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Laser Scanning: Bringing Together Nations to Save Connected Cultural Heritage Print E-mail
Saturday, 17 August 2013

Terrestrial laser scanning is a tool originally developed for the plant and industrial markets that was quickly embraced by many other fields with new applications and wider adoption growing rapidly. It is not news to veterans in the LiDAR field that terrestrial and aerial scanning have become gradually adopted by unlikely allies such as cultural heritage. Yet, its utility there continues to be expounded upon, and international headlines discussing the mapping of historic sites, or even more dramatically, aerial LiDAR’s role in the discovery of entire lost cities, are becoming more and more regular.

Scannings international use in cultural heritage applications is not just for the headlines. Its utility in heritage is growing as a tool to bind disparate groups together, creating international partnerships with a singular purpose: the benefit of our collective, connected human history.

In April 2013 the First Minister of Scotland, Alex Salmond, announced a partnership between Scottish Natural Heritage, Historic Scotland, the John Muir Birthplace Trust, the US National Park Service, and CyArk. The partnership was established with the objective of digitizing two homes of renowned naturalist and conservationist John Muir to create digital tools to tell the transatlantic story of his life.

The partnership was also very well timed. 2013 represents two international events: (1) the 175th anniversary of the birth of John Muir, and (2) Scotland’s national environmental celebration, “Year of Natural Scotland”. Additionally, 2014 represents Scotland’s “Year of Homecoming”, and will feature a special John Muir Festival as part of the highlighted events.

Muir, born in Dunbar, Scotland, was instrumental in the environmental protection of both Yosemite and Sierra National Parks in the U.S. and founded the U.S. grassroots environmental organization, the Sierra Club. These acts brought about his credit as one of the founders of the United States’ national parks system. During his married adult life, Muir lived in a Victorian mansion in Martinez, California that was originally built by his wife’s father in 1881. It was from this northern California base that Muir produced many published works about the flora and fauna of the American west coast from 1890 to his death in 1914.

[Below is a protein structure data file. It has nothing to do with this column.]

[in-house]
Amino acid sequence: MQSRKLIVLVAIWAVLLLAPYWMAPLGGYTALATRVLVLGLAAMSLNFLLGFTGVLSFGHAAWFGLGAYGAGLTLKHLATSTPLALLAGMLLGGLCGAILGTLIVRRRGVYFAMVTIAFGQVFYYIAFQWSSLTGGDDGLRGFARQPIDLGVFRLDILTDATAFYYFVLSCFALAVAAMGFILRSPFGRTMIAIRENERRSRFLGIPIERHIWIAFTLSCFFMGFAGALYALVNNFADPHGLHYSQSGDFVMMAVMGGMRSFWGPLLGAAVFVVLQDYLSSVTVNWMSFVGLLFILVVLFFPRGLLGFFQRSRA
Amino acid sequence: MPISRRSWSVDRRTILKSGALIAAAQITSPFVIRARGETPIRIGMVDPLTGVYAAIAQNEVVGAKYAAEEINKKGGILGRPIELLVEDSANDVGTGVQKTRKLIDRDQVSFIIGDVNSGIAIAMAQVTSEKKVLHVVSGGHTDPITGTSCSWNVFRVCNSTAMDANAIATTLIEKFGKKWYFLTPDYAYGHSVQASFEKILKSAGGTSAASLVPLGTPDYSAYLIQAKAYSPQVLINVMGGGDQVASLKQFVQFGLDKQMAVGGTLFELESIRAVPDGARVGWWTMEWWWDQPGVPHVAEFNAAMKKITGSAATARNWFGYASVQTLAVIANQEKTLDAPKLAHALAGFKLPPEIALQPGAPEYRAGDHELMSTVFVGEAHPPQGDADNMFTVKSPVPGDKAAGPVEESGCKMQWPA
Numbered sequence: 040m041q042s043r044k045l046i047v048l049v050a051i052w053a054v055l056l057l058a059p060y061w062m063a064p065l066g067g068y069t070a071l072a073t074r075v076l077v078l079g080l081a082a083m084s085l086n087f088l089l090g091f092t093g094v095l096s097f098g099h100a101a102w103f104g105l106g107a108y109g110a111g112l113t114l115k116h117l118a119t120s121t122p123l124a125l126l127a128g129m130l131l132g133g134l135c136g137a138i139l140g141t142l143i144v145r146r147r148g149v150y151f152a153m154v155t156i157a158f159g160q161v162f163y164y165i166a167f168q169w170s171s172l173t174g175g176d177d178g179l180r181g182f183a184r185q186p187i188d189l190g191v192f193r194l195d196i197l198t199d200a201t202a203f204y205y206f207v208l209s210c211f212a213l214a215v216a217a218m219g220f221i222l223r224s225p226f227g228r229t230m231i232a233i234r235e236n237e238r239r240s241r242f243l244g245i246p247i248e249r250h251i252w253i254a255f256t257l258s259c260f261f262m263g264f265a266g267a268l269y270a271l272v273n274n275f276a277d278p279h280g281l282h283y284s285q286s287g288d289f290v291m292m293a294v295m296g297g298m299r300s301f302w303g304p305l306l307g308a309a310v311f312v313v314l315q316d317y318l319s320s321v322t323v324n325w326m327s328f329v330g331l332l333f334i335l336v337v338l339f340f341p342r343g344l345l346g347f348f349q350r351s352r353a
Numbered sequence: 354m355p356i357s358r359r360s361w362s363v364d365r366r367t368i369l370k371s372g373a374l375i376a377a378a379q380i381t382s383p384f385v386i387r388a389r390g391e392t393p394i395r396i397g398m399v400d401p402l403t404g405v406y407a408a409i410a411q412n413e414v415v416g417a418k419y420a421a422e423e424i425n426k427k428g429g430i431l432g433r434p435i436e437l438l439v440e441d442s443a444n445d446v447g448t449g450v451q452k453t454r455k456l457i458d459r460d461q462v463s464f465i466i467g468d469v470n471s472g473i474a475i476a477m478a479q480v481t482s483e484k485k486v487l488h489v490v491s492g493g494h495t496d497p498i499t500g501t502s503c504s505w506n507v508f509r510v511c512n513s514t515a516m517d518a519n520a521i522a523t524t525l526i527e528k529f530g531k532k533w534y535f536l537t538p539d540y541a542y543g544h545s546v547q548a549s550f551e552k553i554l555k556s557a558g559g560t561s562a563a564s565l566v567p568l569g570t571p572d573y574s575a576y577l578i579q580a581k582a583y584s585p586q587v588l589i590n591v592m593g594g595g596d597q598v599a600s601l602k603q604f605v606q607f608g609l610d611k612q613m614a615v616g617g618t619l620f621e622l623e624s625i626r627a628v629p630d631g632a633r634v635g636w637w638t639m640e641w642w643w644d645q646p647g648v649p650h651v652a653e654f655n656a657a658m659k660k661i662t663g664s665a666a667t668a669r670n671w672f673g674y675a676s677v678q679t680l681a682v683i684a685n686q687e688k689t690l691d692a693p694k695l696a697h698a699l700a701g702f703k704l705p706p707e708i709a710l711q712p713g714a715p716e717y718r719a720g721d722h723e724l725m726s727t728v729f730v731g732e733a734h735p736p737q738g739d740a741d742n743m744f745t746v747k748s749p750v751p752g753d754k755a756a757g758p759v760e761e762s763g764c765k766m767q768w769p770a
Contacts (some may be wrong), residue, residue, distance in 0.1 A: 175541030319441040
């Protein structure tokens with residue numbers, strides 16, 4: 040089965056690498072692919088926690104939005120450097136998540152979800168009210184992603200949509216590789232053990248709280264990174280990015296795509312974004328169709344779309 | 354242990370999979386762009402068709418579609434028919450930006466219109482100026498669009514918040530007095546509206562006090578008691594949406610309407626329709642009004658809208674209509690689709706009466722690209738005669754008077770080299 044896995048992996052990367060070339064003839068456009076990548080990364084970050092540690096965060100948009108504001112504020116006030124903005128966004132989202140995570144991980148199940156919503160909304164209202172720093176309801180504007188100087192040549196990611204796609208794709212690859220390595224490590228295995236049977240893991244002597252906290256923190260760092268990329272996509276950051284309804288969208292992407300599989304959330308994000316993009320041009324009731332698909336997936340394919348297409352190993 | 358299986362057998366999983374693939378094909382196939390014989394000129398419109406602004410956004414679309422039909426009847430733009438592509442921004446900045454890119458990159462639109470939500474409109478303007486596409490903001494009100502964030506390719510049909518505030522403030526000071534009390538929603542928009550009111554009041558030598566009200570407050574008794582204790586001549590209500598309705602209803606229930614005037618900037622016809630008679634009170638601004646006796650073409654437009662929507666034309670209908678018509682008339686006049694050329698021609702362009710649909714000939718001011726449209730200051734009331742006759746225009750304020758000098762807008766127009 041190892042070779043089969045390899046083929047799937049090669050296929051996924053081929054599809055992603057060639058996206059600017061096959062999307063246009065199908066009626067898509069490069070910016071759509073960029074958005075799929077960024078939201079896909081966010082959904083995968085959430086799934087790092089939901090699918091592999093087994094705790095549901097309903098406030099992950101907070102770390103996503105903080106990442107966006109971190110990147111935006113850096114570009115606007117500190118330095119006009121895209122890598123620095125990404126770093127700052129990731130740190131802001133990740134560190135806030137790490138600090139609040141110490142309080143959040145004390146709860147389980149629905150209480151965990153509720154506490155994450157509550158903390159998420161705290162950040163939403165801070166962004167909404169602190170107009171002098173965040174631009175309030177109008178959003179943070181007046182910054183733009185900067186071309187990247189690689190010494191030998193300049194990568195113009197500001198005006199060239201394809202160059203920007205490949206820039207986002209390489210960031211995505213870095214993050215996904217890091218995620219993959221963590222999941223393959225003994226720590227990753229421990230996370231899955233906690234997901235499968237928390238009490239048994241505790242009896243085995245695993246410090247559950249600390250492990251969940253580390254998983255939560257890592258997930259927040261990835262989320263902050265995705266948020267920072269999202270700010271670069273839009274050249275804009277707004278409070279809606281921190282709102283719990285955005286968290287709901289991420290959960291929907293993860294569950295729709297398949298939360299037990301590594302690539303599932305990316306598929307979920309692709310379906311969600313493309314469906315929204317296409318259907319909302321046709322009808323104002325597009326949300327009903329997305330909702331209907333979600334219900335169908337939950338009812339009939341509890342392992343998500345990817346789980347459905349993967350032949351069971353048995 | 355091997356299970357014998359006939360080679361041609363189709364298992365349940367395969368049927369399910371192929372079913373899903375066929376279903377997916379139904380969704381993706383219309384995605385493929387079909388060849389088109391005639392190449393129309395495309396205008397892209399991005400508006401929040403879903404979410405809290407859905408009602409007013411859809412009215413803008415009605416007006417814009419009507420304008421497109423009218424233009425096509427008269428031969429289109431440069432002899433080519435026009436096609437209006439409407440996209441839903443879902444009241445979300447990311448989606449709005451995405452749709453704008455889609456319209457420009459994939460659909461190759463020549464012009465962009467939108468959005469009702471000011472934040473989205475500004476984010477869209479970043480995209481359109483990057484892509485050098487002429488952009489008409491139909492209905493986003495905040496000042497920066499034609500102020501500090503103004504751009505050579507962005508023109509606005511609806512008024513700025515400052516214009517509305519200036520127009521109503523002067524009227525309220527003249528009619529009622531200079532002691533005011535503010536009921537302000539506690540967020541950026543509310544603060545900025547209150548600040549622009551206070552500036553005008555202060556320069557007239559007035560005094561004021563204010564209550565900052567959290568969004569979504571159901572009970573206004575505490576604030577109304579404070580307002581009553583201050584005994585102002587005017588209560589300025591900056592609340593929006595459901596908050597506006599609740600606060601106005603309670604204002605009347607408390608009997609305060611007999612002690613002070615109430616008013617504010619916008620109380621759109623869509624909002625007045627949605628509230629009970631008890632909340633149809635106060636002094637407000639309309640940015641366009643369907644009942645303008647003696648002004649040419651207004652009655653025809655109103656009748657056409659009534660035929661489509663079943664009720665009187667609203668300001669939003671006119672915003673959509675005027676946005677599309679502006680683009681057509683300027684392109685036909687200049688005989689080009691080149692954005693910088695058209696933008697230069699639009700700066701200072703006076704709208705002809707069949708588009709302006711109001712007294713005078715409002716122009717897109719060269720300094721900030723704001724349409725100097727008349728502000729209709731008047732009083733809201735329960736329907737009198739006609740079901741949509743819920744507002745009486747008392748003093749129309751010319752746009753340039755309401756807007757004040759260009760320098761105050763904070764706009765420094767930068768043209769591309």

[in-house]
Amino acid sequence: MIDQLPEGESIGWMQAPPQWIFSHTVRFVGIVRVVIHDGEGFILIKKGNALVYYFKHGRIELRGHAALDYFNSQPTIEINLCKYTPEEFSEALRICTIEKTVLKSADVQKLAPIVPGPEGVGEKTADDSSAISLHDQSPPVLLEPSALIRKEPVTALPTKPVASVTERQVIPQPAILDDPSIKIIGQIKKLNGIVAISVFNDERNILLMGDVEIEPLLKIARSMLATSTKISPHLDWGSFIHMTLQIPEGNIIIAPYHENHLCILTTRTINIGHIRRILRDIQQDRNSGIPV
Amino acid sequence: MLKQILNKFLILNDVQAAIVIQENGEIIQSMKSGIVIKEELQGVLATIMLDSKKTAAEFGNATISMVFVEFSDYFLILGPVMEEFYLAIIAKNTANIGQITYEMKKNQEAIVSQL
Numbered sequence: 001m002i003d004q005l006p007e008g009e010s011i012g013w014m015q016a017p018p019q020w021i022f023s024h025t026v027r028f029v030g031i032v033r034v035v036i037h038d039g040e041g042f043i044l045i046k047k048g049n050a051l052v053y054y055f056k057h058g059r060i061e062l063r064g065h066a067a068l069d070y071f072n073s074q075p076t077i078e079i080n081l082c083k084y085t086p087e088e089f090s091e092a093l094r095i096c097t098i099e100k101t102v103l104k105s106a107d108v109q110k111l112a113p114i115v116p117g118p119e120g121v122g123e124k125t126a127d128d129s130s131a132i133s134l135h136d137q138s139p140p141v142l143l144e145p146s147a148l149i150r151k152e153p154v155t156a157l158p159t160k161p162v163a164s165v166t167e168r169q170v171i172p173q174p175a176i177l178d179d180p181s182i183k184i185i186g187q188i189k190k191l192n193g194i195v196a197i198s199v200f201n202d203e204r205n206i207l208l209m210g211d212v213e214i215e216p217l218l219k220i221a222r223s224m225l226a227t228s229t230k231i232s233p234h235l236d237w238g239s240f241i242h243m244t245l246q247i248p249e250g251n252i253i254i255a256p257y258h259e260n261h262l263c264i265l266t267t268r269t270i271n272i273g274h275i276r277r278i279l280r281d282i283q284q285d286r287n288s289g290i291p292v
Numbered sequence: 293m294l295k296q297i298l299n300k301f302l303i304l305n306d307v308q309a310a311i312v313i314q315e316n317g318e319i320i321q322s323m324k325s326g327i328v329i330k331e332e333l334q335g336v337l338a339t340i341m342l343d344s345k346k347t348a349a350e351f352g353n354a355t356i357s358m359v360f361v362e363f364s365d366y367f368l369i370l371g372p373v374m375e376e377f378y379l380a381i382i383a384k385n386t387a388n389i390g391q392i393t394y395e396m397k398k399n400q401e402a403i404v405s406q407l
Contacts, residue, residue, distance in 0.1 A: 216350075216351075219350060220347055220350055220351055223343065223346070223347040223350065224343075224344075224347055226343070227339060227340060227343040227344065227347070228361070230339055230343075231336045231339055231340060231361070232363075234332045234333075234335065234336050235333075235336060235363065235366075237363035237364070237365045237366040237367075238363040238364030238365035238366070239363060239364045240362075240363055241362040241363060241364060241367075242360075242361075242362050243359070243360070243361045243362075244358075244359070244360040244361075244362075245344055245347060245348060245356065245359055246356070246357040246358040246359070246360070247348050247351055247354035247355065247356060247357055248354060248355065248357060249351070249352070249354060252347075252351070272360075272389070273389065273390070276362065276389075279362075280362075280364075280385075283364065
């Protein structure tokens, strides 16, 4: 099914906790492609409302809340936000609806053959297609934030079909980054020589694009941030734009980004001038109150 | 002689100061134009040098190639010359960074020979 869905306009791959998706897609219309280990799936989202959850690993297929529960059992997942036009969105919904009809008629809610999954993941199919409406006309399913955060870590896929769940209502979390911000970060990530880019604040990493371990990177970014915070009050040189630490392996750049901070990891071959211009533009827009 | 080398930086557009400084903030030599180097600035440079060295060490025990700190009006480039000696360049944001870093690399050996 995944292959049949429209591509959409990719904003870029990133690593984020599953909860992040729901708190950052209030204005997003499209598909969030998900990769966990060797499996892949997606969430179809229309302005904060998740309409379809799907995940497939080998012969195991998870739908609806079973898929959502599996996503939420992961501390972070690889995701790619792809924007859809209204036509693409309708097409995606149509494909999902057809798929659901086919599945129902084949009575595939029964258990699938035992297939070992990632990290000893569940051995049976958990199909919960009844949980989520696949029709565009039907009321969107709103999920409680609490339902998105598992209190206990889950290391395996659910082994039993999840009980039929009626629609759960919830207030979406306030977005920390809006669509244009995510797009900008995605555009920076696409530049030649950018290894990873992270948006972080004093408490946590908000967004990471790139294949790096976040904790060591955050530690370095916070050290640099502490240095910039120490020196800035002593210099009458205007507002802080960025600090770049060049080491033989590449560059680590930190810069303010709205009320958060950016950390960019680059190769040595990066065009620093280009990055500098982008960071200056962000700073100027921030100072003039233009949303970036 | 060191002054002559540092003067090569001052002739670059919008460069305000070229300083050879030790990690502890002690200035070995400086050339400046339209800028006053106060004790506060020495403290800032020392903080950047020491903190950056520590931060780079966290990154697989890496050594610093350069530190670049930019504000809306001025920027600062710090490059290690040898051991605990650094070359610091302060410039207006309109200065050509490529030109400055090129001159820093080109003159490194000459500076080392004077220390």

John Muir’s childhood home in Dunbar, Scotland.

Image Caption:  John Muir’s childhood home in Dunbar, Scotland.

The transatlantic digital preservation project will bring together the four organizations’ experts to use terrestrial laser scanning to digitally document both Muir’s childhood home in Dunbar and his adulthood home in California. The data capture for Muir’s California home was conducted in early August 2013. 200 laser scan stations and thousands of digital HDR photographs recorded the exterior and full interior of the mansion—more than fifteen rooms, from basement to attic, and up into the bell tower. Photogrammetric documentation was conducted of six select artifacts chosen by the NPS conservators on site, including Muir’s personal globe still found in his study.

Image Caption: Muir’s Victorian mansion in Martinez, California was fully captured with 200 exterior and interior scan positions.

First Minister Salmond exclaimed, “The project will help educate and inform people about how a boy from the small town of Dunbar on the east coast of Scotland crossed the Atlantic and rose to such prominence that he would be featured on a U.S. postal stamp and become known as the founder of the United States’ National Parks.”

The data from both sites will be used as a point-in-time record for conservation and management, including the production of architectural drawings. These tools are much needed; for example, the east parlor fireplace of the California home required reconstruction after the 1906 San Francisco earthquake, and detailed documentation can assist in future restoration works as needed. The more day-to-day use of the data will be through public interaction with new virtual tools for education and tourism such as online virtual tours and 3D models. A mobile app and on-site touch-screen kiosks will be developed from the captured 3D data. Visitors to either site will be able learn more about the site of visitation (such as virtual interaction with artifacts), while also having the ability to virtually tour the connected transatlantic site. And both sites will be linked with related material within the CyArk website once the content is publicly released.

The digital preservation of John Muir’s Scottish and Californian homes is a truly international collaboration representing not just technology transfer and technical collaboration, but a vested interest in a connected story that, through technology, can be shared with the world while creating tools for education, outreach, and conservation and management.

Can a pulsing class 3R laser really do all that? Well, maybe not on its own, but with support from our partners and heritage professionals, CyArk is helping lead a paradigm shift in cultural heritage through the benefits of this technology. You can follow, or even help advance that paradigm shift, by joining us for the CyArk 500 Challenge (www.cyark500.org).   

 
 
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